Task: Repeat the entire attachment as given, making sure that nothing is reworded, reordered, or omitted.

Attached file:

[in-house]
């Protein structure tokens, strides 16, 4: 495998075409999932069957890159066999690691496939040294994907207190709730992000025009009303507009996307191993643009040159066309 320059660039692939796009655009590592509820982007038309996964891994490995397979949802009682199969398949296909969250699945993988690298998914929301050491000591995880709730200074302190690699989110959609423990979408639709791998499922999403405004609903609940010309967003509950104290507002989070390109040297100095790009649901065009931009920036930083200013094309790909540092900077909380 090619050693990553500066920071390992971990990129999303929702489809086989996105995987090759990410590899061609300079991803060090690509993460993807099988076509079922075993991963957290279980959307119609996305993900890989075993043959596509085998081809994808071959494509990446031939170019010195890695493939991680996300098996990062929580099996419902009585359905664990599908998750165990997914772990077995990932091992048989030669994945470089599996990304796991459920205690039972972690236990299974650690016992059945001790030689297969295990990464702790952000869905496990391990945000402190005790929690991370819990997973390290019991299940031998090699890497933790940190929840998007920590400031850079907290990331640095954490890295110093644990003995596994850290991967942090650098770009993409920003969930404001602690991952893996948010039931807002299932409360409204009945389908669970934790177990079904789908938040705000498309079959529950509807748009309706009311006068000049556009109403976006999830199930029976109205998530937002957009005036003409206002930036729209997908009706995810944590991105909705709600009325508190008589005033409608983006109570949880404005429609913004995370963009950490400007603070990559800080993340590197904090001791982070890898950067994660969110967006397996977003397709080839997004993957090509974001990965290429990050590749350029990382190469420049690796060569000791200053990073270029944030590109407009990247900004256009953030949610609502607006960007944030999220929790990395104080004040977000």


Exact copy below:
[in-house]
């Protein structure tokens, strides 16, 4: 495998075409999932069957890159066999690691496939040294994907207190709730992000025009009303507009996307191993643009040159066309 320059660039692939796009655009590592509820982007038309996964891994490995397979949802009682199969398949296909969250699945993988690298998914929301050491000591995880709730200074302190690699989110959609423990979408639709791998499922999403405004609903609940010309967003509950104290507002989070390109040297100095790009649901065009931009920036930083200013094309790909540092900077909380 090619050693990553500066920071390992971990990129999303929702489809086989996105995987090759990410590899061609300079991803060090690509993460993807099988076509079922075993991963957290279980959307119609996305993900890989075993043959596509085998081809994808071959494509990446031939170019010195890695493939991680996300098996990062929580099996419902009585359905664990599908998750165990997914772990077995990932091992048989030669994945470089599996990304796991459920205690039972972690236990299974650690016992059945001790030689297969295990990464702790952000869905496990391990945000402190005790929690991370819990997973390290019991299940031998090699890497933790940190929840998007920590400031850079907290990331640095954490890295110093644990003995596994850290991967942090650098770009993409920003969930404001602690991952893996948010039931807002299932409360409204009945389908669970934790177990079904789908938040705000498309079959529950509807748009309706009311006068000049556009109403976006999830199930029976109205998530937002957009005036003409206002930036729209997908009706995810944590991105909705709600009325508190008589005033409608983006109570949880404005429609913004995370963009950490400007603070990559800080993340590197904090001791982070890898950067994660969110967006397996977003397709080839997004993957090509974001990965290429990050590749350029990382190469420049690796060569000791200053990073270029944030590109407009990247900004256009953030949610609502607006960007944030999220929790990395104080004040977000």